Mladá Boleslav - In 1972 the World Automobile Federation (FIA) merged categories B5 and B6 into class B5 for vehicles with a maximum displacement of 3.000 cc. In the Czechoslovak Championship, the displacement limit was changed to 2.000 cc, whereupon the then state-owned company AZNP (Automobilové závody, národní podnik; today the ŠKODA brand) began preparing an open two-seater for circuit and hill climbs. With the exception of the striking aluminum body, where the front and rear can be folded up, the designers mainly used the modified parts of the production model ŠKODA 5 L for the construction of the ŠKODA SPIDER B110. The four-cylinder engine with OHC valve control was a prototype from the ŠKODA 720 and made 150 hp. In the basic version, it was intended for the new ŠKODA models of classic design. In the SPIDER B5, the engine was in front of the rear axle.
Skoda Spider B5 & Spider II
- The ŠKODA SPIDER B5 and ŠKODA SPIDER II prototypes were among the fastest and most exotic vehicles on the racetracks in what was then Czechoslovakia in the second half of the 1970s
- The built-in prototype engine from the Š 720 OHC series developed up to 180 hp
- The ŠKODA SPIDER B5 is one of the highlights in the collection of the ŠKODA Museum
- The ŠKODA SPIDER II was the first vehicle ever to complete the well-known Ecce H*** hill climb in Šternberk in under four minutes
The racing car, of which only one example was produced, was characterized by its compact dimensions with a length of 3.650 millimeters, a width of 1.700 millimeters and a height of 850 millimeters. The body and engine have been continuously optimized. The displacement of the engine from the Š 720 OHC series increased from the original 1,5 to 1,6 to 1,8 liters. In the last season in 1975, an engine with a displacement of 2,0 liters was used, which, depending on the overall ratio, enabled a top speed of up to 220 km / h. Initially, the designers tested the five-speed racing transmission from the Tatra 603 in the racing car, but soon replaced it with a ŠKODA transmission developed in-house.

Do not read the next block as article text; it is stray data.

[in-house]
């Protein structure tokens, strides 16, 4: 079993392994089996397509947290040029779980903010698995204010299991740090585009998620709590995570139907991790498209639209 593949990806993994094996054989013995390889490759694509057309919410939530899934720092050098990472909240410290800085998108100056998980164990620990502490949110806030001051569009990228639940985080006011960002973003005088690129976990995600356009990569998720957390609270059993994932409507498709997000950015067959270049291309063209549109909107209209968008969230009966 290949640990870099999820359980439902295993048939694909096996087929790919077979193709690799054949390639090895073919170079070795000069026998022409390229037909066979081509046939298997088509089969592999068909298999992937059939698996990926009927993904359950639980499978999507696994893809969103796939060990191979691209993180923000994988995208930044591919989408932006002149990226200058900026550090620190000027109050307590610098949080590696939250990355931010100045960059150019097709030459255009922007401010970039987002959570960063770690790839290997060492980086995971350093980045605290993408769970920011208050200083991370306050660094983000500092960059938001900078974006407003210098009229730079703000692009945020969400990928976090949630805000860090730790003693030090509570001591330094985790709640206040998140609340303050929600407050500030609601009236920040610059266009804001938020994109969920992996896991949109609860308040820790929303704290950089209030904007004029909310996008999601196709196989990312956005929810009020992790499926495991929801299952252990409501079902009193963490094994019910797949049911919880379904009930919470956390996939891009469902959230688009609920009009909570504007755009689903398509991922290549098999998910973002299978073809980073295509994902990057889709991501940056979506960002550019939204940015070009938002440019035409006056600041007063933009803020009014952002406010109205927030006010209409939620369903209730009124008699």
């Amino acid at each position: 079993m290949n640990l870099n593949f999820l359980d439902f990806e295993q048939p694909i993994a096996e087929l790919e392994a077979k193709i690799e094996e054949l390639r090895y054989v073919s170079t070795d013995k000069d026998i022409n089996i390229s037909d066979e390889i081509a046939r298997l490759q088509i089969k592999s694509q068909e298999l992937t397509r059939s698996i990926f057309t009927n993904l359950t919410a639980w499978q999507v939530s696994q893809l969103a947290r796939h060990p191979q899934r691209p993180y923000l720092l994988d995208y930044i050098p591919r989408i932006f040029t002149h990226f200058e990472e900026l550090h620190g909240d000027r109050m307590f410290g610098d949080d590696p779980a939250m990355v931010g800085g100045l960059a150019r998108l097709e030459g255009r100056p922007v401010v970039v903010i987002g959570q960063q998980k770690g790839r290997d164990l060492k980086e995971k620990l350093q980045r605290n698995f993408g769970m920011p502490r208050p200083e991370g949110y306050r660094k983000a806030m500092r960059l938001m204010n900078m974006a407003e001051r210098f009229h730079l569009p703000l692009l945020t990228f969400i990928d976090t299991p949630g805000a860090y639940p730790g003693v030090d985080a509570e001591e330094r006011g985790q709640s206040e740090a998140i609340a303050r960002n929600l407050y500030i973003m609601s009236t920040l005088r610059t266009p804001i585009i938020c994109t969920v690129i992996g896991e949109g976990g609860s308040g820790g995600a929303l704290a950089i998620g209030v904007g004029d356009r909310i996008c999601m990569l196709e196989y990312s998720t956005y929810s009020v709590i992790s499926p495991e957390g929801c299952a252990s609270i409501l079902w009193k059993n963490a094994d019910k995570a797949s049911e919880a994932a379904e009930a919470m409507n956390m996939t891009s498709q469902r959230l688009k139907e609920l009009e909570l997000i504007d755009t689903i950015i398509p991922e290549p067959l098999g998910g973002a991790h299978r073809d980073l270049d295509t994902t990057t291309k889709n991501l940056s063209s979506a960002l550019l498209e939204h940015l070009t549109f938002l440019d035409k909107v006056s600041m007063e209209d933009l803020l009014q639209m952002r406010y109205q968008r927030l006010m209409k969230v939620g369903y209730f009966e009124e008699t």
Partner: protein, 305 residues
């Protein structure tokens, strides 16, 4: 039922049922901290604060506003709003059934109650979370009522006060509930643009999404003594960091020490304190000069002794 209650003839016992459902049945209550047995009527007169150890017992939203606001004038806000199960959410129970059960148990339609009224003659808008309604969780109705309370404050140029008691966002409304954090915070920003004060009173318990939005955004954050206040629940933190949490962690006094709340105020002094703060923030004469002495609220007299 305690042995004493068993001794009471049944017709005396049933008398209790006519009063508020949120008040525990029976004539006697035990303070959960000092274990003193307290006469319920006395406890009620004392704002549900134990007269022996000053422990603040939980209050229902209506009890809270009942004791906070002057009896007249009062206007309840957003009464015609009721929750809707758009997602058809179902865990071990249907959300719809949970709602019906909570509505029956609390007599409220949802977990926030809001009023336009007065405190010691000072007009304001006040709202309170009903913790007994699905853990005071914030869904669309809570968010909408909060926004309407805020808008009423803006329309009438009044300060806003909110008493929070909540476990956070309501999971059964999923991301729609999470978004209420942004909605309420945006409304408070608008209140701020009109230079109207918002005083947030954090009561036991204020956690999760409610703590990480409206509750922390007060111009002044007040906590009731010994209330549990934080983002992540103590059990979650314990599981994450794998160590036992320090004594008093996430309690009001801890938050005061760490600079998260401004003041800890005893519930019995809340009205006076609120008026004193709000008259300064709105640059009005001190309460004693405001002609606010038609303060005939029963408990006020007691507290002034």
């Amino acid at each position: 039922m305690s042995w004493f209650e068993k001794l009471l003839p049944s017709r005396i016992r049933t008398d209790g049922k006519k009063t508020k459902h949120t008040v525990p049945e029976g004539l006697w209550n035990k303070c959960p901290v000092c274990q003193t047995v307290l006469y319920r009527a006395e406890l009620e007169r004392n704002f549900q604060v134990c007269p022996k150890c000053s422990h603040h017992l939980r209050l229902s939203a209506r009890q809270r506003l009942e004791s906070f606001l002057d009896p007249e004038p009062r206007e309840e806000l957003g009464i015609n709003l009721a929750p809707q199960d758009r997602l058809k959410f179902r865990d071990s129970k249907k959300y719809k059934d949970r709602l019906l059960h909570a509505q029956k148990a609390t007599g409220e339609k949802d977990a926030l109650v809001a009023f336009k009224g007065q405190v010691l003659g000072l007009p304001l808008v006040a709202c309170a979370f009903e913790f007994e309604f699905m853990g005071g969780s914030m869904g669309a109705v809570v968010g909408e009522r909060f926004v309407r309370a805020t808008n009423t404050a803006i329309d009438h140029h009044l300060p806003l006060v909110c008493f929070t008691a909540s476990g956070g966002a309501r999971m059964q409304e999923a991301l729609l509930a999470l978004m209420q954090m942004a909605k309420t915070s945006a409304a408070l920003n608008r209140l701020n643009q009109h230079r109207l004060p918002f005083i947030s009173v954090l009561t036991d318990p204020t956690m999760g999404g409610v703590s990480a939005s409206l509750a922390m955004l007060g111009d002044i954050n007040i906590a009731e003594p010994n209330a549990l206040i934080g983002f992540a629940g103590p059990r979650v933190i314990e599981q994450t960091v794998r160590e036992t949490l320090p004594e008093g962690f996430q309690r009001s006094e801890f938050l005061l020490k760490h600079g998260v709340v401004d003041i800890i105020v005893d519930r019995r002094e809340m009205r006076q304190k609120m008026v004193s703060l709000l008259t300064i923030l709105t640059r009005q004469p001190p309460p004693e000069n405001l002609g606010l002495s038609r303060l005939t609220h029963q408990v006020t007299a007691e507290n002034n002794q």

The steering corresponded to the series variant, only the steering column was adapted. Modified standard brakes provided the necessary deceleration (disc brakes only at the front). The double wishbone axle at the front and the swing axle at the rear were based on the corresponding series components from the ŠKODA 110; coil springs and shock absorbers were designed for a vehicle weight of just 630 kilograms. Dunlop racing tires were mounted on the 13-inch alloy wheels.
Driving behavior leads to the nickname 'Skokan'
The generally unpredictable driving behavior gave the SPIDER B5 the nickname 'Skokan', which translated means something like 'Springer'. Regular driver Jaroslav Bobek came from a famous motorsport dynasty: his older brother Václav has competed successfully in ŠKODA vehicles since the late 1940s, and his son Václav Bobek jun. started in the years 1975 and 1976 in Czechoslovak hill climbs on the SPIDER B5, which then found its way into the factory museum. During this time Jaroslav Bobek switched to the more modern SPIDER II Type 1972 with a two-liter engine after numerous victories on circuits, mountain races at home and abroad and two championship titles (1974 and 733).
In the middle of the 1975 season the ŠKODA SPIDER II at the start. Since it was originally built in accordance with the technical regulations for vehicles up to 2.000 cc in the European sports car championship, it was necessary to further develop the body. For this purpose, the expertise of the aerodynamics experts at the aircraft manufacturer Aero was used, among other things. In contrast to its predecessor, the SPIDER B5, whose floor platform originated from the series and was modified accordingly, the front part of the SPIDER II was based on a self-supporting skeleton. It was spot-welded from thin sheet steel and the adjoining lattice construction carried the powerful motor.
720 series aluminum motor
The ŠKODA aluminum engine from the 720 series had either OHC or DOHC valve control, dry sump lubrication and an output of up to 180 hp. The FT200 transmission, Girling brakes and Koni shock absorbers were imported. The suspension of the 13-inch wheels with double wishbones at the front and multi-link suspension at the rear corresponded to the state of the art of European racing vehicles at the time, the tires came from Goodyear. With a curb weight of 585 kilograms, the SPIDER II reached a top speed of 200 to 240 km / h, depending on the gear ratio, and accelerated from 0 to 100 km / h in just four seconds.
Jaroslav Bobek took part in several races in the 1975 season with this prototype – including the famous Ecce H*** hill climb in Šternberk not far from the city of Olomouc. There he was the first starter ever to achieve a time of less than four minutes. In other races, too, the SPIDER II was at the forefront of the field and achieved several victories. The career of what was to date the fastest ŠKODA car of all time ended with a curious accident in the hill climb in Hlásná Třebáň. The victorious Jaroslav Bobek drove through the finish line and collided with another car which, for unknown reasons, was backing up in the finish area. The drivers were unharmed, but the self-supporting skeleton of the vehicle was so badly damaged that no repairs were made at the time. The ŚKODA SPIDER B5 is now one of the most valuable exhibits in the ŠKODA Museum, while the ŠKODA SPIDER II is currently undergoing extensive repairs.
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ŠKODA SPIDER B5 (1972) and ŠKODA SPIDER II (1975) - prototypes for the racetrack
Photo credit: Škoda
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